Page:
Only warfare mattered. The boys were not fed well, and were told that it was fine to steal food as long as they did not get caught stealing. If they were caught, they were beaten. They walked barefoot, slept on hard beds, and worked at gymnastics and other physical activities such as running, jumping, javelin and discus throwing, swimming, and hunting. They were subjected to strict discipline and harsh physical punishment; indeed, they were taught to take pride in the amount of pain they could endure.

At 18, Spartan boys became military cadets and learned the arts of war. At 20, they joined the state militia--a standing reserve force available for duty in time of emergency--in which they served until they were 60 years old.

The typical Spartan may or may not have been able to read. But reading, writing, literature, and the arts were considered unsuitable for the soldier-citizen and were therefore not part of his education. Music and dancing were a part of that education, but only because they served military ends.

Somewhere between the age of 18-20, Spartan males had to pass a difficult test of fitness, military ability, and leadership skills. Any Spartan male who did not pass these examinations became a perioikos. (The perioikos, or the middle class, were allowed to own property, have business dealings, but had no political rights and were not citizens.)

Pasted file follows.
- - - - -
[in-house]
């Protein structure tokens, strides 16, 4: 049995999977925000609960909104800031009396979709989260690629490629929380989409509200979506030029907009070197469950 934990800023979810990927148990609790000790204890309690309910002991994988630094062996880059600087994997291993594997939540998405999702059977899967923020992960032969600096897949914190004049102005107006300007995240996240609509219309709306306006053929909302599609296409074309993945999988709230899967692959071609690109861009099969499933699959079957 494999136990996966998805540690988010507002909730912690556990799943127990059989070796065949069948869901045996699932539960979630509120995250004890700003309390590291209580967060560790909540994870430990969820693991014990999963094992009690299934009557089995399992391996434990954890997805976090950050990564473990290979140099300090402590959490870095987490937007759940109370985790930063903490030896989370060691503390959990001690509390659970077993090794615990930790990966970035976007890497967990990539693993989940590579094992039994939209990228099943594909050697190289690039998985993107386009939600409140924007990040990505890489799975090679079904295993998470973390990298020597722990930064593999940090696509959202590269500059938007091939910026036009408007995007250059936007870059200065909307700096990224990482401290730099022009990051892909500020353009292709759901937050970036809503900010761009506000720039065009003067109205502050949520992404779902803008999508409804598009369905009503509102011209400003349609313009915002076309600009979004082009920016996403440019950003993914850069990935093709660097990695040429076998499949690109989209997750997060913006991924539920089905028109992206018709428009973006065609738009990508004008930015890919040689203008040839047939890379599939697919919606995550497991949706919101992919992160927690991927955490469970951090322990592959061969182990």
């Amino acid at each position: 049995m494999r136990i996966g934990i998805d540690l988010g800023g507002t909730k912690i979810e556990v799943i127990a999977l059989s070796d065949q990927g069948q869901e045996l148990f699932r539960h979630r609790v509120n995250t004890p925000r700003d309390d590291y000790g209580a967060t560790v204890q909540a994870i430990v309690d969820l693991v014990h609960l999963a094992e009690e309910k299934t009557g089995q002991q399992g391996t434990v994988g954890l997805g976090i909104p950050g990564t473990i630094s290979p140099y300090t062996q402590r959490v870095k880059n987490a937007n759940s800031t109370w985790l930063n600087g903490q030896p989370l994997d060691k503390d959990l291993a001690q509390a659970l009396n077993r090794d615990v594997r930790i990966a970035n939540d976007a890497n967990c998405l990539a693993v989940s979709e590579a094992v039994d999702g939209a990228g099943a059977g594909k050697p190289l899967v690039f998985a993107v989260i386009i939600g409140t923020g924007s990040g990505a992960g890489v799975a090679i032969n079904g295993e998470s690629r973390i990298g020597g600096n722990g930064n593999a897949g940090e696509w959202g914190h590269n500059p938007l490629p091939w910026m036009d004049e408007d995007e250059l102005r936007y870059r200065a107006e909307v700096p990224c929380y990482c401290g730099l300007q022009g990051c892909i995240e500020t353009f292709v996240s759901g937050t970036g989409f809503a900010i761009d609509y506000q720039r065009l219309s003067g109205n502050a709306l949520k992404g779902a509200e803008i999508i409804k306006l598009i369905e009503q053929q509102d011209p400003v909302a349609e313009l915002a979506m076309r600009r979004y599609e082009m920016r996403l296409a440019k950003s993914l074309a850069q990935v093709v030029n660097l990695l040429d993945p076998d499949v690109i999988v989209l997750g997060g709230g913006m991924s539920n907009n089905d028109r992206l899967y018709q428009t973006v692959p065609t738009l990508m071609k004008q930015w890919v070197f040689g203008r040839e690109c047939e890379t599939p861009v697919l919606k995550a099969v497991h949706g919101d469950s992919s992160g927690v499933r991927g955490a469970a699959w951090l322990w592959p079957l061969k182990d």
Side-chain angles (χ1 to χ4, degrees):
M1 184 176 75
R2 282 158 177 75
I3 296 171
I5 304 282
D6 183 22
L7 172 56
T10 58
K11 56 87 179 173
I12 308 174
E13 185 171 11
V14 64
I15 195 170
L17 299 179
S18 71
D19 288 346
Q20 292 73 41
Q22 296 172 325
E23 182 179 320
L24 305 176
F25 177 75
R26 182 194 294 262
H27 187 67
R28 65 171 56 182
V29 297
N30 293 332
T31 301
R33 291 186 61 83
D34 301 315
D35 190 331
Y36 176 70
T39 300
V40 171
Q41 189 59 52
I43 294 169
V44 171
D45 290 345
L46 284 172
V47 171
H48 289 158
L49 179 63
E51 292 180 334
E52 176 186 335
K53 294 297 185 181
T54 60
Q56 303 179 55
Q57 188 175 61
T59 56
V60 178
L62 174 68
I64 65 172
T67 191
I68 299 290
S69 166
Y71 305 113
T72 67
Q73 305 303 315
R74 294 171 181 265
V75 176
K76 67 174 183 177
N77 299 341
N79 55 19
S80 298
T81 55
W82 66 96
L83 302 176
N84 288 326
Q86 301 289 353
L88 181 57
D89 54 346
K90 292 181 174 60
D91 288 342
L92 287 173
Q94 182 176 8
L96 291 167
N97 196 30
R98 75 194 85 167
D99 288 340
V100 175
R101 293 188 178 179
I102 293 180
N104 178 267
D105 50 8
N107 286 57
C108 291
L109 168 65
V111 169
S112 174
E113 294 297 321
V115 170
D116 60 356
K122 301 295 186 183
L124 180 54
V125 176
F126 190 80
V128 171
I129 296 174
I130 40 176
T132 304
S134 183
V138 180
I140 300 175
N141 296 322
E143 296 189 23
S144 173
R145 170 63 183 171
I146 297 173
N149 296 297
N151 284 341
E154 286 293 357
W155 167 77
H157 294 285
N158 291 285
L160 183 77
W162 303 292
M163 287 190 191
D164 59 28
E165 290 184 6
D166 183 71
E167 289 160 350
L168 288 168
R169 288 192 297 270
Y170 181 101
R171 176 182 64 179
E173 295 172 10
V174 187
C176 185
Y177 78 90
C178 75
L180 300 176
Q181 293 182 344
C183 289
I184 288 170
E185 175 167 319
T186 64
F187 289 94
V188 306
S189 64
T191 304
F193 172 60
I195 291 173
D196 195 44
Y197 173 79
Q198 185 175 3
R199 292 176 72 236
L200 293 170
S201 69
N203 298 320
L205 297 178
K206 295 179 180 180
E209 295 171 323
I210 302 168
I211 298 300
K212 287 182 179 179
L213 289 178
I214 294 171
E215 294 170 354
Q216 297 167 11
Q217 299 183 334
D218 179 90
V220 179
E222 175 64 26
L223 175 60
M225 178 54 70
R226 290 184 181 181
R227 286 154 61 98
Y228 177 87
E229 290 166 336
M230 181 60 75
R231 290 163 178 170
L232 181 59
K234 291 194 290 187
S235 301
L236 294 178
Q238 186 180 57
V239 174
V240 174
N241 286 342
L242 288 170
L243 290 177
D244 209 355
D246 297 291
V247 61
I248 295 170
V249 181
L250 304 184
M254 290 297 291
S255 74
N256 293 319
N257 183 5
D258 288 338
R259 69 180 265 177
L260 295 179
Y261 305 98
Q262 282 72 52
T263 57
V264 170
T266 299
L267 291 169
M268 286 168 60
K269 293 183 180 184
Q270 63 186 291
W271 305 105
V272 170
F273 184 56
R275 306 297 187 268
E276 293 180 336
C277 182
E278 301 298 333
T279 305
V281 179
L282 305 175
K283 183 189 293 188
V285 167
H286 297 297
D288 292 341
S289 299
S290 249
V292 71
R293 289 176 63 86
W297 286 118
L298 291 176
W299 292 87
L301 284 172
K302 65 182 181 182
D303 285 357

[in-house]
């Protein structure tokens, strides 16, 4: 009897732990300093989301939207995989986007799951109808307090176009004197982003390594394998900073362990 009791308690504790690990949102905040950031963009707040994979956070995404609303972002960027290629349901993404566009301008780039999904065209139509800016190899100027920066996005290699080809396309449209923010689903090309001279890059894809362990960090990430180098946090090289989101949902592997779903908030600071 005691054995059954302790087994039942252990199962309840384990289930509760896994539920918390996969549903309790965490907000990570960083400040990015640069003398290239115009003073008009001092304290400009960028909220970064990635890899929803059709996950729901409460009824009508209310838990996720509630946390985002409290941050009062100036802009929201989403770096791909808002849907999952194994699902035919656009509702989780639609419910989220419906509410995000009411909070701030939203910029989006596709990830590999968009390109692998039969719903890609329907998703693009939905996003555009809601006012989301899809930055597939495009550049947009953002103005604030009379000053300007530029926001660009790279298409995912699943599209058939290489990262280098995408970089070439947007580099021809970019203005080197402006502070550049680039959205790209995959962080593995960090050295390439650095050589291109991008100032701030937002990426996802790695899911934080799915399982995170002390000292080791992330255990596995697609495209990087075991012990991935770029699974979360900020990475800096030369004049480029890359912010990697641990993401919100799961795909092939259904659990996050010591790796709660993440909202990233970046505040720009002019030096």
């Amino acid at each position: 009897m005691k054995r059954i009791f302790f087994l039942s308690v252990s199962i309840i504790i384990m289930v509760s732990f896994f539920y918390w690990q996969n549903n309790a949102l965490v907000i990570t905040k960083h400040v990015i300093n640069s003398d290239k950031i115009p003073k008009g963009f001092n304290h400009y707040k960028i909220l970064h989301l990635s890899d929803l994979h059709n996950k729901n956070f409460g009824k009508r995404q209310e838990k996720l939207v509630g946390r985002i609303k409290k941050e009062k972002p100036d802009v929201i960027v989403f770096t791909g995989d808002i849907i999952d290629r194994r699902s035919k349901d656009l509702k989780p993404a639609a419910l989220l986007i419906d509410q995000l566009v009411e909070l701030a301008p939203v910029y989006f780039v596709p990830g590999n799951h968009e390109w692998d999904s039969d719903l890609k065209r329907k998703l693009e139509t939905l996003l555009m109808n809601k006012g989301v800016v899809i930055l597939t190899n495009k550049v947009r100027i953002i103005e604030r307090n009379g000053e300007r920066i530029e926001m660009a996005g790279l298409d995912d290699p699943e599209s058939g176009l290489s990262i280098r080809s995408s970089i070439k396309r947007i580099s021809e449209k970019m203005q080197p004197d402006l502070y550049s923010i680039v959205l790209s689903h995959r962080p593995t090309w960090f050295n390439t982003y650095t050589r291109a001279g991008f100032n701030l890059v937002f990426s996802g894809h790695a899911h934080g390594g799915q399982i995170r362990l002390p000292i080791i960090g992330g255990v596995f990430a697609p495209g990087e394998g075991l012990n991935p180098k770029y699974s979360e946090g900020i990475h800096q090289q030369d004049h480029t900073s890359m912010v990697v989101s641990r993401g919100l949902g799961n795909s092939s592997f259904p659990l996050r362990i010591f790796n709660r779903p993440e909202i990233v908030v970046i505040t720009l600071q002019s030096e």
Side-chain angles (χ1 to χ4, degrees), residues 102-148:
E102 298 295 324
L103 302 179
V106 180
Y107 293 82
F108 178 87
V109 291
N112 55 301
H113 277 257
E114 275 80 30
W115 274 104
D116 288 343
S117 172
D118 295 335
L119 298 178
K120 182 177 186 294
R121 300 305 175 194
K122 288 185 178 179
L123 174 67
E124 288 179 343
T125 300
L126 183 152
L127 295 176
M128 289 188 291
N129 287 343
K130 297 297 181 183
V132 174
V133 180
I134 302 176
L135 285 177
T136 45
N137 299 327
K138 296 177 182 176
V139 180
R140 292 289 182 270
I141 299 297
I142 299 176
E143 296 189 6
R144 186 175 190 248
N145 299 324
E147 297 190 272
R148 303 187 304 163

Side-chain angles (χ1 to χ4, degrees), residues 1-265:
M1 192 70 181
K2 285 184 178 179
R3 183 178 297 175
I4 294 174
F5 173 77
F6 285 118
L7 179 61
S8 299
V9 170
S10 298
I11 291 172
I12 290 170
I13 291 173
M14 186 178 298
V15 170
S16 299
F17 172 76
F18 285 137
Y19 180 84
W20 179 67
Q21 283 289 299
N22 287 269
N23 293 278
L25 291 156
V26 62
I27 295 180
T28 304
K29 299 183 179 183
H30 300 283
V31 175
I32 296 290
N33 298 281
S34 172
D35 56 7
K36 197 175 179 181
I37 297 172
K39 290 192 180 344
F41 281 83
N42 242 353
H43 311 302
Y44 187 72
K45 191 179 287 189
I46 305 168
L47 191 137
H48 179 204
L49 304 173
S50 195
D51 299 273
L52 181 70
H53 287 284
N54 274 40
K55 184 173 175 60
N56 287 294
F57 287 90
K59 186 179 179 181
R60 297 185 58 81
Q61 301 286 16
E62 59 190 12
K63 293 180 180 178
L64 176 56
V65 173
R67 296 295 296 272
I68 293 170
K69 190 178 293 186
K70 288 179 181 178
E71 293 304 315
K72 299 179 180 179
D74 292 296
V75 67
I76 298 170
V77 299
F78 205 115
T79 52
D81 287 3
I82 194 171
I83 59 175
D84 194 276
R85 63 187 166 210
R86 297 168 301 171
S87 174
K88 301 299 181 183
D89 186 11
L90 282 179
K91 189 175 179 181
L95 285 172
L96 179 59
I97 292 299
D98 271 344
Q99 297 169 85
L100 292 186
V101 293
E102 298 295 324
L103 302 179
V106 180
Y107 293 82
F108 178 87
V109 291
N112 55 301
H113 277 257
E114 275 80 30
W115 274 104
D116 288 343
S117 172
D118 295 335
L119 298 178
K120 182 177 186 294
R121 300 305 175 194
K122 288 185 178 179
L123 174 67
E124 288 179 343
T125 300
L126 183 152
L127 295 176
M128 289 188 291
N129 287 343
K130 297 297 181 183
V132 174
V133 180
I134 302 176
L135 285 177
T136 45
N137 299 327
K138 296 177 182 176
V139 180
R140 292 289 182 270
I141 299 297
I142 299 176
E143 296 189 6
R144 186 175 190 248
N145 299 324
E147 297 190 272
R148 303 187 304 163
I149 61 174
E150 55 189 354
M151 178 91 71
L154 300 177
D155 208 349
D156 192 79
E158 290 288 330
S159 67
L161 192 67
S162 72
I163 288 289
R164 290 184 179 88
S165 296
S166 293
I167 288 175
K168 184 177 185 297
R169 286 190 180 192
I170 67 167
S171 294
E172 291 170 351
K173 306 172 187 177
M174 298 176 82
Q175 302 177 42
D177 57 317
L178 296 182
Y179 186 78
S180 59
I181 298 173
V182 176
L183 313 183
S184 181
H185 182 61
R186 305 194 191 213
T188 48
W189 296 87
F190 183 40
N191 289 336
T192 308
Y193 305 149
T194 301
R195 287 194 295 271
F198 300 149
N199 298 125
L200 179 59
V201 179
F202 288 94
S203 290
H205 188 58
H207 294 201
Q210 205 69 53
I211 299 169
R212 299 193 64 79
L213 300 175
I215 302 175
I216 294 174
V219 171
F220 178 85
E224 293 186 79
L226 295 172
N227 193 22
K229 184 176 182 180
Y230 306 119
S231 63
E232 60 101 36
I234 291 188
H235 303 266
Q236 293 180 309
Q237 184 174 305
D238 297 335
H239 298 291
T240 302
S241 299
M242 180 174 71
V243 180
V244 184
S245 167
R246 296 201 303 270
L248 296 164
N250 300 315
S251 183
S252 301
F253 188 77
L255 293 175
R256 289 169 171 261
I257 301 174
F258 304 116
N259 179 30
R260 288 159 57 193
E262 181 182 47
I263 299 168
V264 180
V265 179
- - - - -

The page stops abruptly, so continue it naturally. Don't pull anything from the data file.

If they passed, they became a full citizen and a Spartan soldier. Spartan citizens were not allowed to touch money. That was the job of the middle class. Spartan soldiers spent most of their lives with their fellow soldiers.

They ate, slept, and continued to train in their brotherhood barracks. Even if they were married, they did not live with their wives and families. They lived in the barracks. Military service did not end until a Spartan male reached the age of 60. At age 60, a Spartan soldier could retire and live in their home with their family.

Unlike the other Greek city-states, Sparta provided training for girls that went beyond the domestic arts. The girls were not forced to leave home, but otherwise their training was similar to that of the boys. They too learned to run, jump, throw the javelin and discus, and wrestle mightiest strangle a bull. Girls also went to school at age 6 or 7. They lived, slept and trained in their sisterhood's barracks. No one knows if their school was as cruel or as rugged as the boys school, but the girls were taught wrestling, gymnastics and combat skills.